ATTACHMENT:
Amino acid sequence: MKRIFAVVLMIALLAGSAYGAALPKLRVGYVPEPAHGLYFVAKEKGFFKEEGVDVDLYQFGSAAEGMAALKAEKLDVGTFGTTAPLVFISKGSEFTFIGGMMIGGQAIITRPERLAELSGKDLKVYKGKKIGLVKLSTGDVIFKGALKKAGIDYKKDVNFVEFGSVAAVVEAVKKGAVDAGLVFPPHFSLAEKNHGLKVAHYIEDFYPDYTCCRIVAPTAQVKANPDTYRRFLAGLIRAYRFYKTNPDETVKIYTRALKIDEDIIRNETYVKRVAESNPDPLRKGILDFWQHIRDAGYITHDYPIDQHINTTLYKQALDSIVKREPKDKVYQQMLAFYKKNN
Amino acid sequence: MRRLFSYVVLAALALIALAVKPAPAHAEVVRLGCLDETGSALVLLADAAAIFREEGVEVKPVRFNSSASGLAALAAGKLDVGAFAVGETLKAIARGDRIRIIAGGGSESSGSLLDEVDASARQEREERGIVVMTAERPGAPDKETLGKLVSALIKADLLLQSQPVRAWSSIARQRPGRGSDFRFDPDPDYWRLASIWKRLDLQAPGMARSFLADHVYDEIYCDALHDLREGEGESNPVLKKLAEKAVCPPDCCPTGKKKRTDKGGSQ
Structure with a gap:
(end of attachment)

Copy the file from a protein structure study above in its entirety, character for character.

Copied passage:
Amino acid sequence: MKRIFAVVLMIALLAGSAYGAALPKLRVGYVPEPAHGLYFVAKEKGFFKEEGVDVDLYQFGSAAEGMAALKAEKLDVGTFGTTAPLVFISKGSEFTFIGGMMIGGQAIITRPERLAELSGKDLKVYKGKKIGLVKLSTGDVIFKGALKKAGIDYKKDVNFVEFGSVAAVVEAVKKGAVDAGLVFPPHFSLAEKNHGLKVAHYIEDFYPDYTCCRIVAPTAQVKANPDTYRRFLAGLIRAYRFYKTNPDETVKIYTRALKIDEDIIRNETYVKRVAESNPDPLRKGILDFWQHIRDAGYITHDYPIDQHINTTLYKQALDSIVKREPKDKVYQQMLAFYKKNN
Amino acid sequence: MRRLFSYVVLAALALIALAVKPAPAHAEVVRLGCLDETGSALVLLADAAAIFREEGVEVKPVRFNSSASGLAALAAGKLDVGAFAVGETLKAIARGDRIRIIAGGGSESSGSLLDEVDASARQEREERGIVVMTAERPGAPDKETLGKLVSALIKADLLLQSQPVRAWSSIARQRPGRGSDFRFDPDPDYWRLASIWKRLDLQAPGMARSFLADHVYDEIYCDALHDLREGEGESNPVLKKLAEKAVCPPDCCPTGKKKRTDKGGSQ
Structure with a gap: